After the viral LinkedIn post, I became hyper-aware of everything I was missing out on. Most notably, I realized how much energy in any given day is devoted to struggling to hear and make sense of everything around me. How would I feel at the end of the day if I could simply hear better? Would I be more relaxed? Happier?
For 40 years, I have been one of those 48 million hearing impaired people and one of those 80% who don’t do anything to help themselves. What took so long? Maybe I had to walk this specific journey for a reason? Maybe I was meant to write that LinkedIn post and this blog post to support and encourage others with hearing loss? It took 40 years, but I am finally ready to turn the page and start a new chapter, a new journey to hearing every moment. It’s time – no more excuses. I am ready to make a long-overdue change that can only benefit my life and the people in it. I’m doing this for my business clients, for my friends, for my family, for my daughter…and most importantly, I’m doing this for me.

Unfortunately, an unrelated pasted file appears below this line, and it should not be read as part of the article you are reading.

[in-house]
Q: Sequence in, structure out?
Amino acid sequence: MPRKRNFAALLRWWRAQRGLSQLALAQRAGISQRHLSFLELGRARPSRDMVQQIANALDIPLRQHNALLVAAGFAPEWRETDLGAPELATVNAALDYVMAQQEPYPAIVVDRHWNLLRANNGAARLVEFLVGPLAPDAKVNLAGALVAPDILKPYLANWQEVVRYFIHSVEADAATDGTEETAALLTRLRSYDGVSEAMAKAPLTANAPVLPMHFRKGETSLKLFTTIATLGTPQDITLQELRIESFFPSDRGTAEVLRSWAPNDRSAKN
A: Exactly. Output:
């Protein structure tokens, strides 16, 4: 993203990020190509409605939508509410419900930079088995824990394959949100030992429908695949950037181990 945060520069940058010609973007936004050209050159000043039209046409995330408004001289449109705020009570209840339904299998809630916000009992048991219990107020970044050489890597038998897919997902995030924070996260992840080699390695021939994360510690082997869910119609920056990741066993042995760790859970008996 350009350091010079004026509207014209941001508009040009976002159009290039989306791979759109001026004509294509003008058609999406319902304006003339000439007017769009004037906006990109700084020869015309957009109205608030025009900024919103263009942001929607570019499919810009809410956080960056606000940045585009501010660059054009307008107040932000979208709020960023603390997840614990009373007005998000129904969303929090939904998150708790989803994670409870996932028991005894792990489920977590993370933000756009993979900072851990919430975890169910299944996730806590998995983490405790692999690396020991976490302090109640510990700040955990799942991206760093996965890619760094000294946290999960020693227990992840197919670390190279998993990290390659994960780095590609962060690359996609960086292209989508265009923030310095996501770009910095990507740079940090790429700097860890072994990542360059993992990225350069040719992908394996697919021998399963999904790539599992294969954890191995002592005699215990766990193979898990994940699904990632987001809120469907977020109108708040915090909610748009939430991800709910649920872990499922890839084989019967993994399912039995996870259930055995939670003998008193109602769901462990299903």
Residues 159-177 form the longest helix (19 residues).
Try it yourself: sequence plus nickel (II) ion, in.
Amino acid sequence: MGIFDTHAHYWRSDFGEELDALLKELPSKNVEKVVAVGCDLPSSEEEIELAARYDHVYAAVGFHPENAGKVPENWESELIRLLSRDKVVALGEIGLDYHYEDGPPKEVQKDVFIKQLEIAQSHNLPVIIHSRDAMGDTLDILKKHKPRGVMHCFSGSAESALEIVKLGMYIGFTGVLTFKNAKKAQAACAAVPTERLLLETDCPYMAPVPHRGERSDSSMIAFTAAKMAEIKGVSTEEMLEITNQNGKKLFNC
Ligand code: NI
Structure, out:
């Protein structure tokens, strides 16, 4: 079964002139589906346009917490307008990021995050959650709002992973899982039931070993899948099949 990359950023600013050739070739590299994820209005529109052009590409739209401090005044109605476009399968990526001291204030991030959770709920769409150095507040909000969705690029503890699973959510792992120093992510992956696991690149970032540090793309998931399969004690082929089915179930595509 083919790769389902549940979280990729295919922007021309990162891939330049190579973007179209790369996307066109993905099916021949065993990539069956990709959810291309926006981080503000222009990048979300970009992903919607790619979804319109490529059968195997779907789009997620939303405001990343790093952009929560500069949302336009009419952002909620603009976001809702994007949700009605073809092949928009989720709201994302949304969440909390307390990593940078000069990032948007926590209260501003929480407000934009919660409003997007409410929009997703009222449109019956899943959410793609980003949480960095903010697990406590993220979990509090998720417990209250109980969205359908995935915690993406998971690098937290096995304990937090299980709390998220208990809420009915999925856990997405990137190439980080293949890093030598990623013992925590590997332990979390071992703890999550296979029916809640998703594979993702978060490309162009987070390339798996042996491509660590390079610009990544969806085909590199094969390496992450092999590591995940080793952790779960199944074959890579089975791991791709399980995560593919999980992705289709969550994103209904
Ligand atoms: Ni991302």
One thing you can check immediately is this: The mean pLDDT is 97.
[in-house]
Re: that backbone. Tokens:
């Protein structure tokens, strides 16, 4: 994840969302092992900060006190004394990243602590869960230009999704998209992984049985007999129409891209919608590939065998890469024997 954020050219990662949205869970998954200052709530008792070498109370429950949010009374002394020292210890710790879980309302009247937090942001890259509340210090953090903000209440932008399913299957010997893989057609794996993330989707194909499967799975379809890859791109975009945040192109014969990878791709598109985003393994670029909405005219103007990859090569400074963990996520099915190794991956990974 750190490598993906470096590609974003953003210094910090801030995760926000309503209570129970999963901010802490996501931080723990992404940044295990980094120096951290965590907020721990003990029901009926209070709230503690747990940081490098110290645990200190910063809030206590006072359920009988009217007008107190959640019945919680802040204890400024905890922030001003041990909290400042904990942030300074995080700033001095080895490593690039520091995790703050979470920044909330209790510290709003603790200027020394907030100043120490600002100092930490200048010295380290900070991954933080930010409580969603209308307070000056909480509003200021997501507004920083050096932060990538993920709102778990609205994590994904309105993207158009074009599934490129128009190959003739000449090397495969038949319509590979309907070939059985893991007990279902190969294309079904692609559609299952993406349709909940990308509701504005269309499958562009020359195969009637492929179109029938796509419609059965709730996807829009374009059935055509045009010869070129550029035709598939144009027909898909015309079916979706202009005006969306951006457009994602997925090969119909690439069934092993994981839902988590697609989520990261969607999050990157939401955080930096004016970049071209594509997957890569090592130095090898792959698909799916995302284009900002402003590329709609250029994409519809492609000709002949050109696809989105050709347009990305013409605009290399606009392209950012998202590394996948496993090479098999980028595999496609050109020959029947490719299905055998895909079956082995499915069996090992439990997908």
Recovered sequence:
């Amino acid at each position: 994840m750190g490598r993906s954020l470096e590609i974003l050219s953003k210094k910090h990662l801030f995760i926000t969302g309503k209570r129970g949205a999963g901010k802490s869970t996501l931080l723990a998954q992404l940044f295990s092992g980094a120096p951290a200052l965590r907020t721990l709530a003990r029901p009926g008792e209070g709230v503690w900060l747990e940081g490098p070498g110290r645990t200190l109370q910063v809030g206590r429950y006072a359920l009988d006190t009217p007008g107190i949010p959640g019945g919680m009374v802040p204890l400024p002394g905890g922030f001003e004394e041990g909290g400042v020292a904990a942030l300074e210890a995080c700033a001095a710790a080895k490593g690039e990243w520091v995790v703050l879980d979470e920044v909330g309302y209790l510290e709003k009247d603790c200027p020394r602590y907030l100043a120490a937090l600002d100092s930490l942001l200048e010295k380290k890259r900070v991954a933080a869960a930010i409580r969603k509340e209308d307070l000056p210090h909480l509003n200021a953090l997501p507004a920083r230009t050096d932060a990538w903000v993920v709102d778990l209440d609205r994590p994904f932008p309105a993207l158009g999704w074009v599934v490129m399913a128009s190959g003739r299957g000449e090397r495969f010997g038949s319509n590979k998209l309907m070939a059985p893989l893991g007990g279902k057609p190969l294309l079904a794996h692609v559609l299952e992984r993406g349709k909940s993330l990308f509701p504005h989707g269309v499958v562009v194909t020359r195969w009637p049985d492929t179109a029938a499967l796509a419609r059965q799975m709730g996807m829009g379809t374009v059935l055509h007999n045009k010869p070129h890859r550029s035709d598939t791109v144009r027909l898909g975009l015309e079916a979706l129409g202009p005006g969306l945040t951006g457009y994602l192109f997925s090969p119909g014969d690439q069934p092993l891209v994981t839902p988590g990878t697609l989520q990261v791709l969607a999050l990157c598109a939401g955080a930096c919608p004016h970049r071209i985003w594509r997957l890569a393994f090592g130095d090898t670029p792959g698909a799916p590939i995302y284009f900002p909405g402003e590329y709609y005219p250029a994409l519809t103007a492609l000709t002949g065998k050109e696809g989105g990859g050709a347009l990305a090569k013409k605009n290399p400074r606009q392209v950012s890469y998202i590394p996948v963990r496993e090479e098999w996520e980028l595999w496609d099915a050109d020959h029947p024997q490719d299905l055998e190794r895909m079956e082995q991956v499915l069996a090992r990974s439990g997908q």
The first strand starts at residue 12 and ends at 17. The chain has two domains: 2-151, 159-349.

Jen Tacbas is a brand designer and marketing strategist for professionals, creatives and small businesses. Based in southeast Georgia, Jen serves clients in diverse industries across the U.S. to create powerful online presences and effective marketing strategies. Follow Jen’s hearing health journey on Instagram and LinkedIn.
Our latest hearing aid, Eargo Neo HiFi, boasts a beautiful, state-of-the-art design packed with our best sound fidelity. Here’s everything…
Instead of making lofty New Year’s resolutions, resolve to implement these simple acts of self-care into your routine. This year,…
Rowdy’s hearing is back on the podium with Eargo. U.S. Olympian Rowdy Gaines is used to being in the winner’s…
Aerospace program manager George is over the moon with his Eargo hearing aids. George has always been in awe…